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Cognitive Development “Acquiring knowledge”. I. What is cognitive development? The process by which our intellectual abilities (problem solving, perception,

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Presentation on theme: "Cognitive Development “Acquiring knowledge”. I. What is cognitive development? The process by which our intellectual abilities (problem solving, perception,"— Presentation transcript:

1 Cognitive Development “Acquiring knowledge”

2 I. What is cognitive development? The process by which our intellectual abilities (problem solving, perception, reasoning, etc.) form & evolve over time.

3 Are cognitions different from behaviors????? From a behaviorist point of view, cognitions (thoughts, beliefs) are believed to be “actions” and as such are behaviors. The primary difference between cognitions & other overt behaviors that can be seen is the location. Skinner argued that cognitions are really behaviors that occur inside the skin, which he called private events.

4 What are cognitions?? Knowledge Ability Problem Solving Others include: beliefs, reasoning, perceptions

5 II. Theories of cognitive development: 1. Piaget’s theory 2. Vygotsky’s theory 3. Information-processing theory

6 A. Piaget’s theory: Is a stage theory of development. Examines how children acquire knowledge from birth onward. Examines the processes by which children’s thinking changes over time.

7 Important contributions of Piaget’s theory: 1. Focused on children being active participants in the learning process. 2. Argued that children adapt thinking & learn from their mistakes. 3. Provided a broad-based view of cognitive development in the natural context of the environment. 4. Object permanence.

8 Assumptions of stage theories: 1. Children’s thinking in earlier stages differs qualitatively from their reasoning in later stages. 2. At a given point in development, children reason similarly on many problems. 3. Changes from one stage to the next are marked by an abrupt transition.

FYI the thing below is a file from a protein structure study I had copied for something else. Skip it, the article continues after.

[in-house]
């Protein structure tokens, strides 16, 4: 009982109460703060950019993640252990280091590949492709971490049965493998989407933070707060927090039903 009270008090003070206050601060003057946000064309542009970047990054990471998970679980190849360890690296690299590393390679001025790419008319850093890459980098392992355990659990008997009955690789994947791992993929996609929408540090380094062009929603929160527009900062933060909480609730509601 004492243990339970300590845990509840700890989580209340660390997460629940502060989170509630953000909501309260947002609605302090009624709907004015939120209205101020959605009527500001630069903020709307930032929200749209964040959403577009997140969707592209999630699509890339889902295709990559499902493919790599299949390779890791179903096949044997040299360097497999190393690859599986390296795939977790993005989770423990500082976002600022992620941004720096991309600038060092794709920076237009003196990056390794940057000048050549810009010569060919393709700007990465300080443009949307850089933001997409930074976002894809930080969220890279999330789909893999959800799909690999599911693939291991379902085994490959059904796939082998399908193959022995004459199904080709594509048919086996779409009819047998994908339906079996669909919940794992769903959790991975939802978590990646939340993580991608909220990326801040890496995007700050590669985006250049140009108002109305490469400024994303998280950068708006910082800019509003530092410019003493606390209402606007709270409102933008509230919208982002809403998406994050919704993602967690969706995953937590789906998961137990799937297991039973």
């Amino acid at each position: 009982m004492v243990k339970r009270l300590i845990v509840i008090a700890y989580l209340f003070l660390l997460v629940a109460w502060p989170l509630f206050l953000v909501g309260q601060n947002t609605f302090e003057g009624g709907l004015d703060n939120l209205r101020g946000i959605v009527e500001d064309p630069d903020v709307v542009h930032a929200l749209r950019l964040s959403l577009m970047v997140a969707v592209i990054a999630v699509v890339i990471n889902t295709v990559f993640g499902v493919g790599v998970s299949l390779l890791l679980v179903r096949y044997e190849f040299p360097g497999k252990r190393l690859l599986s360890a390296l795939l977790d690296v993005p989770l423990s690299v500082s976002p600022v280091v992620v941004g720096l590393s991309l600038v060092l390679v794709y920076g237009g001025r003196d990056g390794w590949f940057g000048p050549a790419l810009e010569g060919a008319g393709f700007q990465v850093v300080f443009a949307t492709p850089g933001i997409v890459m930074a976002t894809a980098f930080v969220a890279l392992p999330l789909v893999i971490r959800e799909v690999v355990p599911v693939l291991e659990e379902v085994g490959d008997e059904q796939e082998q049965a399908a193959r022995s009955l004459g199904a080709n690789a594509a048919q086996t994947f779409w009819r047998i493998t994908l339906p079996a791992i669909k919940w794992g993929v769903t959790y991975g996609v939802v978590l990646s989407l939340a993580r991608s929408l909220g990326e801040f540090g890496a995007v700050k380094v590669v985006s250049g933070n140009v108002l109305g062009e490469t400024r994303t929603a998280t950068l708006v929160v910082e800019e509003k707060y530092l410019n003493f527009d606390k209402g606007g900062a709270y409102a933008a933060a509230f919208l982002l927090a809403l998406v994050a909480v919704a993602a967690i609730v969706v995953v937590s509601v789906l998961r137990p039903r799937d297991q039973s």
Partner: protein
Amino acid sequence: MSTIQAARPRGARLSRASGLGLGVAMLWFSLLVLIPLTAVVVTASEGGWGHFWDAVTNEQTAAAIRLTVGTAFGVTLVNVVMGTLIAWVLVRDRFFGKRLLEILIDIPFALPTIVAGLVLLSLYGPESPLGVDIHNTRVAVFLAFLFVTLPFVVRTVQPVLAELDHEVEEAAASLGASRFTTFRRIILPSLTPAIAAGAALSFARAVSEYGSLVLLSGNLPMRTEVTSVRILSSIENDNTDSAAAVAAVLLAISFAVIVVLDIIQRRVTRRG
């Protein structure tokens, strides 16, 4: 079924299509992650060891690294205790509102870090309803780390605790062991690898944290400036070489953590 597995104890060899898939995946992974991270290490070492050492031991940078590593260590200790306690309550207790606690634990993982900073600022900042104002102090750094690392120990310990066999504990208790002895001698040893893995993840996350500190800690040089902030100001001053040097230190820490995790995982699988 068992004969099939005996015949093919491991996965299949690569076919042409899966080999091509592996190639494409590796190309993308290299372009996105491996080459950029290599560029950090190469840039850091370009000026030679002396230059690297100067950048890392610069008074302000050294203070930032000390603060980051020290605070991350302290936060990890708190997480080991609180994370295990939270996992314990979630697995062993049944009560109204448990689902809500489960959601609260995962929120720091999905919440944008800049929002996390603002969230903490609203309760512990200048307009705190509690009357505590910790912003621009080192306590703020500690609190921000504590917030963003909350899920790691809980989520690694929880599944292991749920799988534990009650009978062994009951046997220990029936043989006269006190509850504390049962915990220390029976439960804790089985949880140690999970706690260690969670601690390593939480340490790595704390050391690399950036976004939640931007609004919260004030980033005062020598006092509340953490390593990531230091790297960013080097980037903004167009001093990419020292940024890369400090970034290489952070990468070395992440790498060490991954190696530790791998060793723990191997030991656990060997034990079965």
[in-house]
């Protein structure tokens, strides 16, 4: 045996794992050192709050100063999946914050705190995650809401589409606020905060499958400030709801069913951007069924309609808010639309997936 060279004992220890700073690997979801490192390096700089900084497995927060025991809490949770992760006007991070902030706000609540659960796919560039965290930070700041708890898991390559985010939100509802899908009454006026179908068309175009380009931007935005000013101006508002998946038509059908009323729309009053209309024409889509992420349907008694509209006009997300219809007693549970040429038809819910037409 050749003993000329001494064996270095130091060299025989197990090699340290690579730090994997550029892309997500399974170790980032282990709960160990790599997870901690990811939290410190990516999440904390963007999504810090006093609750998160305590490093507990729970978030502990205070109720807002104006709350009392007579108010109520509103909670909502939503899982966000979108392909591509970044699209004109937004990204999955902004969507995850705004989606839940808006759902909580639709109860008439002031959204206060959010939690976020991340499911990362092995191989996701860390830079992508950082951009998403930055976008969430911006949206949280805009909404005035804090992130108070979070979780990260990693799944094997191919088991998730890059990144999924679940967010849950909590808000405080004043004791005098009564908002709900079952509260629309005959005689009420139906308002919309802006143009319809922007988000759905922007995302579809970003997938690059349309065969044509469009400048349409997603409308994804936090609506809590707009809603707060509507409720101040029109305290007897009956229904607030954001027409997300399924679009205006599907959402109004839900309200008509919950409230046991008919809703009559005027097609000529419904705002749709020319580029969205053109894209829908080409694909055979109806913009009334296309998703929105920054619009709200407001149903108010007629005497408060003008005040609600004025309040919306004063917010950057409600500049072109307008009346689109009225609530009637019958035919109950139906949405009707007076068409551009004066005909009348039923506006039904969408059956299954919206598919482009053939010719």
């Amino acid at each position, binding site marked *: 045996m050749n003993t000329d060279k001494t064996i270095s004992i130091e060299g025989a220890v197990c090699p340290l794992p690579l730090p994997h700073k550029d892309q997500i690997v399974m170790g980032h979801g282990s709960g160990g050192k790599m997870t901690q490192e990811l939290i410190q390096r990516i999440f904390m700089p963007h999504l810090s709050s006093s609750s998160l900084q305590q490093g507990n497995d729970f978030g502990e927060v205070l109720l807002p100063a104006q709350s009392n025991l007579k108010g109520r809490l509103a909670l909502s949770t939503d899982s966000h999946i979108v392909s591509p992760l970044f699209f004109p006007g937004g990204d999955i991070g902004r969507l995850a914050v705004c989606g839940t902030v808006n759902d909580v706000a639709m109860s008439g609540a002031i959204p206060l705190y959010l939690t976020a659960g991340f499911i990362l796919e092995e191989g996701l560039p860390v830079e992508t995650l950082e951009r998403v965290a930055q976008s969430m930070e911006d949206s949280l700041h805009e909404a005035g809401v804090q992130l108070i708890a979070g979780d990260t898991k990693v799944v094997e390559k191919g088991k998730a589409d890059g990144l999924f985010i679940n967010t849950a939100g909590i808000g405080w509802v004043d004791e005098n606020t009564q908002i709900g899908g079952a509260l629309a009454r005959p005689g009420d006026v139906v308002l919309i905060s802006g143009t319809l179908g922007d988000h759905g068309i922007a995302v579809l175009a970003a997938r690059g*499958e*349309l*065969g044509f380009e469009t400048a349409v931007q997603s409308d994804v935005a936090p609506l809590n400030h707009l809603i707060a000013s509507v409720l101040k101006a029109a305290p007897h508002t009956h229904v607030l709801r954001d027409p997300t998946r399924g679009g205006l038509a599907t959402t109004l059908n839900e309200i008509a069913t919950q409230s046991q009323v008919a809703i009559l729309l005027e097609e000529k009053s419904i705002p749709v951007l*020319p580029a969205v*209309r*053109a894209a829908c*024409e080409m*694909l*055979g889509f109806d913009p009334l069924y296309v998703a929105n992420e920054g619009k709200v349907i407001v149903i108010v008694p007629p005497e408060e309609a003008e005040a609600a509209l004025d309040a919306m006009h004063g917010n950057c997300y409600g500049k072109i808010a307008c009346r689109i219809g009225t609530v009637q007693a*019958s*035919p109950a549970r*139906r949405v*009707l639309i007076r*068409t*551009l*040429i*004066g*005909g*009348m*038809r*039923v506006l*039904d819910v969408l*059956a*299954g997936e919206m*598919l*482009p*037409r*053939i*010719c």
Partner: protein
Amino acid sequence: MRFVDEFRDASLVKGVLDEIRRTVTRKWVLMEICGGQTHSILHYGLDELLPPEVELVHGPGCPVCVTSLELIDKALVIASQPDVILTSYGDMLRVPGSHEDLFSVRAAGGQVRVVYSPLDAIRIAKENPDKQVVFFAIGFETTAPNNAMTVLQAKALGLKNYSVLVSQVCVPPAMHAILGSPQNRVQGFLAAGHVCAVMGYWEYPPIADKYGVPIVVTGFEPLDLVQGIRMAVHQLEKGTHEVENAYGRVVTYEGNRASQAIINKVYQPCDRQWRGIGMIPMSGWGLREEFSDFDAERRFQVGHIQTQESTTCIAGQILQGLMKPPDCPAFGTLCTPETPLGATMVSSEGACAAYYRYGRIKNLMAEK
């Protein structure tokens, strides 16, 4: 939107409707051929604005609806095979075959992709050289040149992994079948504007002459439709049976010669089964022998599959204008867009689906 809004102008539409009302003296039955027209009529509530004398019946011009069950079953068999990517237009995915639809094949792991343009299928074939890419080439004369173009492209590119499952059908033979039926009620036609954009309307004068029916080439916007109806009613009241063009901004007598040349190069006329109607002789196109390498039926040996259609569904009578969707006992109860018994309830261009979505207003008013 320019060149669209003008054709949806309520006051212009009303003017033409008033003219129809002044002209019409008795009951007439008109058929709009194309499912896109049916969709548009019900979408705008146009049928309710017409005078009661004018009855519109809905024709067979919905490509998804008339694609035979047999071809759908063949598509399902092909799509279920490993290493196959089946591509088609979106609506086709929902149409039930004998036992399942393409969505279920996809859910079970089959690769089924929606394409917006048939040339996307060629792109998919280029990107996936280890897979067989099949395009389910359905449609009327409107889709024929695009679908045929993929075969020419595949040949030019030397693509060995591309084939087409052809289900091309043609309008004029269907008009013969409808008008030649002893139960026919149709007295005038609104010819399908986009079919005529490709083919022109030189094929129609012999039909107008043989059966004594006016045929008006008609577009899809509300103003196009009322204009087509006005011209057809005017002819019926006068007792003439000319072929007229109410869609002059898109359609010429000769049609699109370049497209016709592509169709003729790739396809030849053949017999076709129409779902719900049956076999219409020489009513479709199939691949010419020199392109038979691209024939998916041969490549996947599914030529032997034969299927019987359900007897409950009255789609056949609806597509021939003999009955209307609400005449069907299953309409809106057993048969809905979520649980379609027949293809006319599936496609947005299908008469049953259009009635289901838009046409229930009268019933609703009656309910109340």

9 How do children progress from one stage to another? Piaget argued that we need to adapt to our environment. Two processes are critical to adaptation: Assimilation & accommodation (mutually influence one another).

10 1. Assimilation: We transform incoming information so that it fits within our existing way of thinking. We add new information to our existing mental framework. (E.g., an infant grasps a new object with same strategy she used for grasping other objects.).

11 2. Accommodation: Adjusting our knowledge (framework) in response to characteristics of an object or event (that is often different from what we’ve encountered). Changing existing mental framework to new information. (E.g., infant changes the way she grasps a new object, based on its shape).

12 Piaget’s stages of cognitive development: 1. Sensorimotor period (birth to 2 yrs.) 2. Preoperational period (2-6 yrs.) 3. Concrete operations period (6-12 yrs.) 4. Formal operations period (12+)

13 1. Sensorimotor: Infants use reflexes to form primitive mental representations of objects & events. Symbolic thought begins, allowing infants to devise strategies for attaining goals & solving problems. Hallmark: Child learns that objects have permanence, even if out of sight (object permanence) by 8 months of age.

14 A. Was Piaget correct about the timing of when children acquire Object Permanence? No!!! Infants appear to have the concept of object permanence much earlier than Piaget thought. Piaget argued that infants show object permanence by 8 months or after. It turns out that infants as young as 3.5 months have object permanence concept.

15 2. Preoperational Period (2-6 yrs.): Symbolic thought improves as language acquisition comes on-line. Children start babbling in first year of life, and start producing simple two-word sentences by age 2. Mental representations that allow children to think about objects in their absence develops. Hallmark: Cannot conserve objects (changing an object’s physical appearance does not alter substance of object.)

16 2. stages in preoperational period: A. Preconceptual stage (2-4 years): 1. Animistic thinking (the attribution of life to inanimate objects). E.g, a child believing the wind talks to the trees.